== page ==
5. The system of claim 1 wherein the mobile wireless technology is a cellular wireless technology.
6. The system of claim 5 wherein the mobile wireless device is a cellular phone adapted to execute application programs.
7. The system of claim 5 wherein the mobile wireless devices is a tablet computer.
8. The system of claim 1 wherein the receiving unit is signally connected via a hardwired connection to the electro-mechanical access control security device.
9. The system of claim 1 wherein the electro-mechanical access control security device comprises a first radio signal interface for receiving direct remote control radio commands, and wherein the receiving unit receives user commands from the host via a second radio signal interface.
10. The system of claim 1 wherein the preauthorization is a single time permission to use a particular identified command.
11. The system of claim 1 wherein the central security server maintains an audit trail of each global mode access request.
12. The system of claim 11 wherein the audit trail includes a result of each global mode access request.
13. The system of claim 1 wherein the preauthorization request from the host to the server includes: a user identification, authentication information, receiving unit identification, and access request type.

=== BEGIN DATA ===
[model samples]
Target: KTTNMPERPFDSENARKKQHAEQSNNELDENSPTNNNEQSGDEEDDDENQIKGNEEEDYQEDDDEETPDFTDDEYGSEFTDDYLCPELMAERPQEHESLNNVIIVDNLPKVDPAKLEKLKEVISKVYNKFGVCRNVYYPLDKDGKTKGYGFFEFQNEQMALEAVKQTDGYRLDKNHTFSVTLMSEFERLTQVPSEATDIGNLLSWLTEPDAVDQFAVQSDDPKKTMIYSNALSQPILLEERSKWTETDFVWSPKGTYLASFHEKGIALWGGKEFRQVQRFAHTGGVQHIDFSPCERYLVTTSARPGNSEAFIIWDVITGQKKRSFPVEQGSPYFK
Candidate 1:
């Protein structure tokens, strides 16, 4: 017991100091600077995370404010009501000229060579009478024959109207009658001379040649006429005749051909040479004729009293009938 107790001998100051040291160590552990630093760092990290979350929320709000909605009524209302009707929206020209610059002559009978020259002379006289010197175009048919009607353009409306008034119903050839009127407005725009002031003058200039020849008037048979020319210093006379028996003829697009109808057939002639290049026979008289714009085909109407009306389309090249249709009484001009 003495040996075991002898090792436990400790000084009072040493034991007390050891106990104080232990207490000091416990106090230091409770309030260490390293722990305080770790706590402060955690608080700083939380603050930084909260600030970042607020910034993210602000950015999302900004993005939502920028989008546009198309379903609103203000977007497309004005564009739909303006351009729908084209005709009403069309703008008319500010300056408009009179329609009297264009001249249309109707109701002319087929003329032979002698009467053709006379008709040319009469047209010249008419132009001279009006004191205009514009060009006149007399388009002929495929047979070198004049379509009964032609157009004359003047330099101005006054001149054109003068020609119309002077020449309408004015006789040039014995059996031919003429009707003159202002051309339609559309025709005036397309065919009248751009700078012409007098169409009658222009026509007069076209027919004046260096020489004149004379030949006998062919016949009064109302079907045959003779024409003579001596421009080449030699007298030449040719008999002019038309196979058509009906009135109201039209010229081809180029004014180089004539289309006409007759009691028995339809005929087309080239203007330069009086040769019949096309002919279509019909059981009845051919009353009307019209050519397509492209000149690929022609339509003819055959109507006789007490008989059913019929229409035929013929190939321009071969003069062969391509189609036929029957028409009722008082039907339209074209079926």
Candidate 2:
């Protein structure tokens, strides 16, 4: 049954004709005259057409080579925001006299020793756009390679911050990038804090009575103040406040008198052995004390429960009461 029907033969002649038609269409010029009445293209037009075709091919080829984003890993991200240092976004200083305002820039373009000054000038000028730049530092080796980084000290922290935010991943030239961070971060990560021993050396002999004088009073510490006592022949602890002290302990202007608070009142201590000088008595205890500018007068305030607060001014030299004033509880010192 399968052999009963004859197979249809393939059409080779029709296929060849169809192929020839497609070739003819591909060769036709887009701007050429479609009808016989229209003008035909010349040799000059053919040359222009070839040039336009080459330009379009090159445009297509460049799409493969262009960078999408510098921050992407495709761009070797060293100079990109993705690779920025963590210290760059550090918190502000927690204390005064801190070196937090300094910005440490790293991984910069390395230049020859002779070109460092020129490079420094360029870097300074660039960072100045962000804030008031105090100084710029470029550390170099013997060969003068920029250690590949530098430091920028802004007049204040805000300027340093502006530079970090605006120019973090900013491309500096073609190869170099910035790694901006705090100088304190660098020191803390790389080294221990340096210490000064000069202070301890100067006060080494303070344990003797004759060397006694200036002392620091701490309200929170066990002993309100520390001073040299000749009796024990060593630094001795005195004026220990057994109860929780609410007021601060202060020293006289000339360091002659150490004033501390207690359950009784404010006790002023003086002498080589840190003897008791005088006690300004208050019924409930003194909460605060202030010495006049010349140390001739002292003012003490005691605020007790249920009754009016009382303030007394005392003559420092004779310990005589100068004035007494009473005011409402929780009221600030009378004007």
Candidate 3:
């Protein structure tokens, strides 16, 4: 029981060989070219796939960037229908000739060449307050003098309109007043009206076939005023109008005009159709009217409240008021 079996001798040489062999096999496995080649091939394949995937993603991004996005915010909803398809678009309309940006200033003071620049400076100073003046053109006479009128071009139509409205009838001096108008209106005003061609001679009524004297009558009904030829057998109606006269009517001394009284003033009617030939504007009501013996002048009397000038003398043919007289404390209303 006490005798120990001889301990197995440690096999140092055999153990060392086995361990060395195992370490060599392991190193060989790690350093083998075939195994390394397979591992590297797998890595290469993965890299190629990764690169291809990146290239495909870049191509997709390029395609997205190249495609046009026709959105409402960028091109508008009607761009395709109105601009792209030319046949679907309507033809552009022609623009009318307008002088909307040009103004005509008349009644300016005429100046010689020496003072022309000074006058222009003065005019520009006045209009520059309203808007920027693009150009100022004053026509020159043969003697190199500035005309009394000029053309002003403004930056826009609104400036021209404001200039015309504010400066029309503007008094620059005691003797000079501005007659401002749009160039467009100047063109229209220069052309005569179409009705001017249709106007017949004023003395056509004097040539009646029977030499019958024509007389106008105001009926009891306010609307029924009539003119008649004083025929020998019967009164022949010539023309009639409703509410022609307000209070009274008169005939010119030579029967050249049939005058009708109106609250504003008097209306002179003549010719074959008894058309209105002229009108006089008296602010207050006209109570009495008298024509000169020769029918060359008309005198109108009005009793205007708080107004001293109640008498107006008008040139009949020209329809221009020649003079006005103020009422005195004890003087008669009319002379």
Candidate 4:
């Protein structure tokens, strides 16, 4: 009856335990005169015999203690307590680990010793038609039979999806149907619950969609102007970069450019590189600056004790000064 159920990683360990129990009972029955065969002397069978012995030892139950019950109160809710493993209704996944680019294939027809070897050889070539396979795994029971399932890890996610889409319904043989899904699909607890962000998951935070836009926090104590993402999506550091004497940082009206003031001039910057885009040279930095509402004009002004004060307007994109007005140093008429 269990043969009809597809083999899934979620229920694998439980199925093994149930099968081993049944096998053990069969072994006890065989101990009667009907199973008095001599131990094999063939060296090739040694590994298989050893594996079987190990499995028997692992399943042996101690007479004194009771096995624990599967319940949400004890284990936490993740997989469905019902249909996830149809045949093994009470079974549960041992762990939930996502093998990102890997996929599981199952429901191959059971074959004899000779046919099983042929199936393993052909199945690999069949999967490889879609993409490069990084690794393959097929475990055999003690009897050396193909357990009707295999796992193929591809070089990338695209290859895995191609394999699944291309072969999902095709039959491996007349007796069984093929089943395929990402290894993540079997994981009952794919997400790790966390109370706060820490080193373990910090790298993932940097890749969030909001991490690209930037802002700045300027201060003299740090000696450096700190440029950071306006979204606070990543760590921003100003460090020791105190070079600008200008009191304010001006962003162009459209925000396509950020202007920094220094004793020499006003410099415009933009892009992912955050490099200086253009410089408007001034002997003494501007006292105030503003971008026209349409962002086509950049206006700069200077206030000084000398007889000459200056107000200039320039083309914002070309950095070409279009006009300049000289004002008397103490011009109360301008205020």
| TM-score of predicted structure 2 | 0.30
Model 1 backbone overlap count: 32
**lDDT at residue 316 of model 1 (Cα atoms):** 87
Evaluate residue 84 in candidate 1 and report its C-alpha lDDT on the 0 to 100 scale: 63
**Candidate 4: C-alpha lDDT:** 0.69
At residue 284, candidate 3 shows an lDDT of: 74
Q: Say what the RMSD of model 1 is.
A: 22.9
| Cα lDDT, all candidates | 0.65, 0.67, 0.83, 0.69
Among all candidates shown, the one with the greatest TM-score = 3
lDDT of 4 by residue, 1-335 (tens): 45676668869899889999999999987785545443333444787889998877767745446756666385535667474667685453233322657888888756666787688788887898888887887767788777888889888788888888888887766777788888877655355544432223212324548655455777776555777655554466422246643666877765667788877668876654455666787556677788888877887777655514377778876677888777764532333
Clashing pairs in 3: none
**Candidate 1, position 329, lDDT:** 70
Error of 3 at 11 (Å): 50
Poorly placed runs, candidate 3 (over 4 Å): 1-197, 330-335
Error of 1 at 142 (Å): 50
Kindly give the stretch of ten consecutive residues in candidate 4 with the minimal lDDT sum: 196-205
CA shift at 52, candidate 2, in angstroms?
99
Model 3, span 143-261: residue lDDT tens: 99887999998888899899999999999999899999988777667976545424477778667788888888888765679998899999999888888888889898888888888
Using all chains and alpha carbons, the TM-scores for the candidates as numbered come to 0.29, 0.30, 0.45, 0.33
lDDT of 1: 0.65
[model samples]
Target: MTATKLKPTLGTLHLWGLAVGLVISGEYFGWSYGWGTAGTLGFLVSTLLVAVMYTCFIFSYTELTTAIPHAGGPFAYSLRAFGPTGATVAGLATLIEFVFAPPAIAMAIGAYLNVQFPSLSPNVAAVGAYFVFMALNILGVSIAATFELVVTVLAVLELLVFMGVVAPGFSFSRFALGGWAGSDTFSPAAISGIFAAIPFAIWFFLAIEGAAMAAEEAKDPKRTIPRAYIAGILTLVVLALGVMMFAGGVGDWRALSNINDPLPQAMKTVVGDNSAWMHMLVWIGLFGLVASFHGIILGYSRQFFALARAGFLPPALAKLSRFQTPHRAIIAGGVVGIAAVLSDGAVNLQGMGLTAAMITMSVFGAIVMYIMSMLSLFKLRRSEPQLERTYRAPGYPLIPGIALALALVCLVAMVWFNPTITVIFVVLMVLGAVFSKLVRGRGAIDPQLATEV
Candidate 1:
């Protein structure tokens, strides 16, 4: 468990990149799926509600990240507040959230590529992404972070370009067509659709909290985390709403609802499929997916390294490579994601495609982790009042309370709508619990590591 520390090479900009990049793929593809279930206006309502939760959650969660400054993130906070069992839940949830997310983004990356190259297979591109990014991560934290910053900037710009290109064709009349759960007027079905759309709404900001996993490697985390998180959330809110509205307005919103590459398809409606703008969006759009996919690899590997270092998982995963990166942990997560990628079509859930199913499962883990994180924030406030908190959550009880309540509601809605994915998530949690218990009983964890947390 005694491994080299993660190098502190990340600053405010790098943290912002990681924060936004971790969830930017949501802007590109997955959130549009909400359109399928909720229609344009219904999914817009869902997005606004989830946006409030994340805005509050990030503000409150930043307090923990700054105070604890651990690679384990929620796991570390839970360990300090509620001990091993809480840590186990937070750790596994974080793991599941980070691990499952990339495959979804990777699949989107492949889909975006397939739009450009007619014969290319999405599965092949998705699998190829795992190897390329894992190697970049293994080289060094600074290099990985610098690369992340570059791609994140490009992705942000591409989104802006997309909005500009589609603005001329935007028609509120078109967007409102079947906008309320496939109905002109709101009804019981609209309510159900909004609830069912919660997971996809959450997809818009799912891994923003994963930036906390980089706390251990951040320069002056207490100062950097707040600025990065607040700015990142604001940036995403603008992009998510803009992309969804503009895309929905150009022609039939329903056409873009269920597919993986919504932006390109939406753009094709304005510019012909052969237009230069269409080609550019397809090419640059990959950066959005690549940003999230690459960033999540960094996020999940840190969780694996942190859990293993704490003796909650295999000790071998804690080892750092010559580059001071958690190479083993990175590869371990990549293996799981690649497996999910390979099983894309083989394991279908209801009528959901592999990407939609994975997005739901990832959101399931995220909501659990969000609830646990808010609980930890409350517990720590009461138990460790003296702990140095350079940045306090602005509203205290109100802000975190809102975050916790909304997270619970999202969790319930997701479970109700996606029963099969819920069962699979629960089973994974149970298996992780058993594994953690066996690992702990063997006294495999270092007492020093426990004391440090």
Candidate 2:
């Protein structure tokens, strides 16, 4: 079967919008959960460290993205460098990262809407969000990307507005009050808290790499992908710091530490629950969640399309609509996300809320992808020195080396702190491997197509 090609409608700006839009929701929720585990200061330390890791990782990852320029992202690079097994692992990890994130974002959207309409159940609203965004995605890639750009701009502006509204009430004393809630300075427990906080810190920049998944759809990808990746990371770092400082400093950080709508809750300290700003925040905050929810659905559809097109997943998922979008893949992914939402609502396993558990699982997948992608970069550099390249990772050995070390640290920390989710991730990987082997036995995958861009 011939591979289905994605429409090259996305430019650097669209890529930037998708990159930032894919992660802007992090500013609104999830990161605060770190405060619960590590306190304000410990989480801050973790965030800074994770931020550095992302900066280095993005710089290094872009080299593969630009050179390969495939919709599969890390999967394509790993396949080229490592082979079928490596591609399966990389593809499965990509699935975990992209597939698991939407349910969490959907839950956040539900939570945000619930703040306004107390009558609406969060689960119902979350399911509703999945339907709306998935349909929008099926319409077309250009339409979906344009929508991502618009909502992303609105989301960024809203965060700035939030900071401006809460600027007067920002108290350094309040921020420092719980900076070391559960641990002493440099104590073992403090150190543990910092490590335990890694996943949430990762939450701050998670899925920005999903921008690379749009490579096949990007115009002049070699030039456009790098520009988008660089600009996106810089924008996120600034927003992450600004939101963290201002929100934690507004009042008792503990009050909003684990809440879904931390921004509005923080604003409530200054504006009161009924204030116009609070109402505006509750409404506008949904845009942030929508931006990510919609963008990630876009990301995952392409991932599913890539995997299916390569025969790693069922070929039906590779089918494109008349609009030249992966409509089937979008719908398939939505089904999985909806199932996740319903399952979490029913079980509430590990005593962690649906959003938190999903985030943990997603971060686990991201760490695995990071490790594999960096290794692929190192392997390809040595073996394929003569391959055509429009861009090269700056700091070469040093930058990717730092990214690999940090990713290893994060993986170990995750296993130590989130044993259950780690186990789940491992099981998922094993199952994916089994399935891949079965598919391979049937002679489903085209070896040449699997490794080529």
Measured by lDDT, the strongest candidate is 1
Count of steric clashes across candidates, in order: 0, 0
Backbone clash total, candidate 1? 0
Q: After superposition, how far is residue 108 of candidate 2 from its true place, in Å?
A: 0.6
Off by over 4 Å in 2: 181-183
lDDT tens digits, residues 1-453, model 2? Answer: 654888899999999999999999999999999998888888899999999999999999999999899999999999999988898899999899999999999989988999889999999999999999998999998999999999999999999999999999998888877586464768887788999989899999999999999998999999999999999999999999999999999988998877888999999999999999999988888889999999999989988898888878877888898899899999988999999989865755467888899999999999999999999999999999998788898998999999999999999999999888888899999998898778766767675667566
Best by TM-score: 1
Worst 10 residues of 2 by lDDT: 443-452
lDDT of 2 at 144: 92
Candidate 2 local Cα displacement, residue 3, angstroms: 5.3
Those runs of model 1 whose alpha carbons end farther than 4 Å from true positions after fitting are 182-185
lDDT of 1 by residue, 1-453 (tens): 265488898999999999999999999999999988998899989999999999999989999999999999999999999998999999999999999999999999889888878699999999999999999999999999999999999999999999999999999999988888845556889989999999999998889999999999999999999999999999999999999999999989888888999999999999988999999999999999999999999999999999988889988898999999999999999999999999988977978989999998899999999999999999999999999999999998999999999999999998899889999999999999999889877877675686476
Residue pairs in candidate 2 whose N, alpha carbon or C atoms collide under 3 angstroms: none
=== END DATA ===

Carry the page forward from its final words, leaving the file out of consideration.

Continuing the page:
14. The system of claim 8 wherein the hardwired connection terminates at an electrical signal terminal of the electro-mechanical access control security device configured to receive a control signal from a physical control switch.
15. The system of claim 14 wherein the electro-mechanical access control security device is a door lift unit, and wherein the physical control switch is a push button control for activating an actuation cycle of the door lift unit.
US13/978,214 2011-01-07 2012-01-09 System and method for access control via mobile device Active 2033-06-01 US9781599B2 (en)

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US20130326595A1 (en) 2013-12-05
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US10349279B2 (en) 2019-07-09
US20180014200A1 (en) 2018-01-11
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TW201234886A (en) 2012-08-16
CN103404105B (en) 2016-12-07